cisler on 14 Sep 2000 16:36:22 -0000

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<nettime> The Elevator Pitch: Global Village enclaves (tm)

The Elevator Pitch: Global Village Enclave(tm)

A recent news item described the elation of some of the itinerant
anti-globalization activists who were assessing the logistics of a
forthcoming demonstration in Prague against the World Bank Group. The
conference site is on the Vlatava River, the hotels on the other, and
three bridges to move between meeting and lodging. They feel it will be
very easy to shut down. Since their success in disrupting the WTO
wrestling matches in Seattle, the goal of some activists has been to make
the meetings too expensive to hold by raising the cost of security and
crowd control for the host city and state.

Given the growing power of international and global bodies* that have been
formed to deal with the sticky and increasingly complex issues that
transcend national boundaries, slow-moving governments,
techno-illiterates, and the objections of quaint, place-based social,
religious, and community organizations that just don't "get it," it is
clear that a business opportunity exists to solve the security problem and
alleviate the apprehension of delegates and conference attendees who balk
at packing kevlar vests and helmets when they would rather take golf clubs
to the meetings.

In the industrialized world the rise in popularity of theme parks such as
Disneyland (Europe, USA, and Japan) and scale model resort hotels (Venice,
Paris, Egypt) contructed in Las Vegas, Nevada, indicates that the planning
assumptions and image marketed by the commercial supporters of these
destinations can be applied to the more serious goal of establishing a new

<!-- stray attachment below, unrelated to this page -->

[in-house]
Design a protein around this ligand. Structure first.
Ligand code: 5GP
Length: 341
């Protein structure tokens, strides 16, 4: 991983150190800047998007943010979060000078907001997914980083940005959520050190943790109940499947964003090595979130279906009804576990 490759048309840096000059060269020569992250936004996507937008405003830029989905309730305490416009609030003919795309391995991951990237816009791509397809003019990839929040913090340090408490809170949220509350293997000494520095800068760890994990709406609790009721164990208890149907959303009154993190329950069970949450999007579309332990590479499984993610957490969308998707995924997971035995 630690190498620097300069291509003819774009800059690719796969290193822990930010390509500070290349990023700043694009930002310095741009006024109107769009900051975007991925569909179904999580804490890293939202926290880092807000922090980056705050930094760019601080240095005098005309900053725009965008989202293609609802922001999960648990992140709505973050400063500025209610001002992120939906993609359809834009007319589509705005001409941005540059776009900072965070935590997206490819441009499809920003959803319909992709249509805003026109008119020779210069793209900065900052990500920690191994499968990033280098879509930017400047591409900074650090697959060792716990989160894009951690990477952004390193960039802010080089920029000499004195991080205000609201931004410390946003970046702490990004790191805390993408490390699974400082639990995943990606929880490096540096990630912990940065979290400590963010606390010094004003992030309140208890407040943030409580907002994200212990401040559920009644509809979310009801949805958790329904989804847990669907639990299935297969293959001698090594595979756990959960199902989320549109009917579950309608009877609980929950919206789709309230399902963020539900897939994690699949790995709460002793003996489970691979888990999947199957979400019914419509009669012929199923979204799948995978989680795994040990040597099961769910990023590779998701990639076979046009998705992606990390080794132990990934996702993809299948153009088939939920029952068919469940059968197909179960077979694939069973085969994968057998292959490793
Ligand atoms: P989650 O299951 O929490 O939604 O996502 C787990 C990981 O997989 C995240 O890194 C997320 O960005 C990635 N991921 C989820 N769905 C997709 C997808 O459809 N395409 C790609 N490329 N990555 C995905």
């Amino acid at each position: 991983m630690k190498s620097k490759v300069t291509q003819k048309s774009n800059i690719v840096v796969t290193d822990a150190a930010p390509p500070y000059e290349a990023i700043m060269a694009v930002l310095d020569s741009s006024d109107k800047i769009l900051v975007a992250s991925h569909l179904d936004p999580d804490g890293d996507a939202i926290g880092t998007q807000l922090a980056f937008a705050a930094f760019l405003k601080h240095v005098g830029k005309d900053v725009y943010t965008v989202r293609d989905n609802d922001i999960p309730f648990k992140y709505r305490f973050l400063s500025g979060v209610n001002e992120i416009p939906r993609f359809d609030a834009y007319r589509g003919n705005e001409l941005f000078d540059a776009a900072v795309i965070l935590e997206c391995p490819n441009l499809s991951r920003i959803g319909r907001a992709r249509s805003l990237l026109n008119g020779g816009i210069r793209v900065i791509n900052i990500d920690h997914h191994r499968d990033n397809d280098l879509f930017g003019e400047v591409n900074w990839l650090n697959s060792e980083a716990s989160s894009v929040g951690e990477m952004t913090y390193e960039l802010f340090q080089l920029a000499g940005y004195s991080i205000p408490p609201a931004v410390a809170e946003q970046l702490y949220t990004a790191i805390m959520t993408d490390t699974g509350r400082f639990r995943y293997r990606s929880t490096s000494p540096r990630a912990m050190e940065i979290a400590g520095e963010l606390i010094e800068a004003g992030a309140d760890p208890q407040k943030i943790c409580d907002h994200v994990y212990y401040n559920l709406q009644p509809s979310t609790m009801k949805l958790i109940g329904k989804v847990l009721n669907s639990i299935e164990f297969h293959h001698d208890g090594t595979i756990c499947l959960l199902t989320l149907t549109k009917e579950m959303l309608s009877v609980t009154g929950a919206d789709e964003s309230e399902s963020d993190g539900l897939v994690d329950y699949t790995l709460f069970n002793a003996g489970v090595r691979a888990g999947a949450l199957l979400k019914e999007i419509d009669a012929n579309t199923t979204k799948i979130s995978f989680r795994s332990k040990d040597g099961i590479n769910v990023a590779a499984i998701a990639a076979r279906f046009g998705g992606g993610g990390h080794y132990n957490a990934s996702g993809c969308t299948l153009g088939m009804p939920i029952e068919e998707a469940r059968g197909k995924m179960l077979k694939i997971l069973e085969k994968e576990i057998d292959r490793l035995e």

environment where global leaders can meet in peace.

Imagine a place (let's call it a Global Village Enclave(tm)) that is a
combination gated community, Club Med, strategic hamlet (1), Cheyenne
Mountain (2), Multimedia Super Corridor (3) all maintained by a group such
as Executive Outcomes (4). By isolating the enclaves in remote regions
such as the Pararaima Mountains in the Guiana Highlands (5); Peace Park
between Mozambique and South Africa; Lanai, Hawaii; or St. Barts in the
Caribbean the attendess may spend more to reach the destination, but they
know they can avoid the unpleasantness of confronting rag-tag
demonstrators on the way from the airport or outside the hotel or
conference site. They will have comfort, peace, a place to relax, top
notch telecommunications facilities, and easy movement between dining,
lodging, and meeting places, all free from outside interference. It will
not be practical for more than a few die-hard deep ecologists to make
their way through the Amazon jungles to reach the GVE in Venezuela, and
the threat of wild animals in South Africa/Mozambique will be a deterrent
to camping outside the GVE. Bill Gates has shown that even public islands
such as Lanai (the site of his wedding) can be secured against prying
media and still provide comfortable transportation and lodging for many
guests. Executive Outcomes not only provides security in harsh anarchic
environments, they are not saddled with the slightest worry about
litigation (as many American and European police departments are) from
people like Jose Bove, John Sellers, John Zerzan, or Lori Wallach or their

The Challenge

The half-life of good business propositions is quite short. Consider this
open source problem solving. Most start-ups are very protective of their
ideas, but we cannot be. The team needed to plan a secure Global Village
will consist of architects, theme park directors, military and law
enforcement personnel, hotel and conference management experts, telecom
hackers and wireheads, airport managers, and geography experts who can
lend their expertise to site selection. Following that, a business plan
and presentation and relationship building with the Right People for
financial backing and public support.

Steve Cisler

Elevator Pitch: In Silicon Valley, people seeking venture capital support
for their business plans hone their presentations to the time it takes to
go a few floors in an elevator. There are few tall buildings here, but if
you are in the same elevator as someone with money to invest, you have a
short time to make your case or 'pitch', hence the term 'elevator pitch.'

* WIPO, ICANN, WARC, UN, WTO, WWF, IMF, WEF, Elders of Zion, and  even IWW.

(1) Strategic Hamlet:
(2) Cheyenne Mountain:
(3) Multimedia Super Corridor:
(4) Executive Outcomes:
(5) Guiana Highlands

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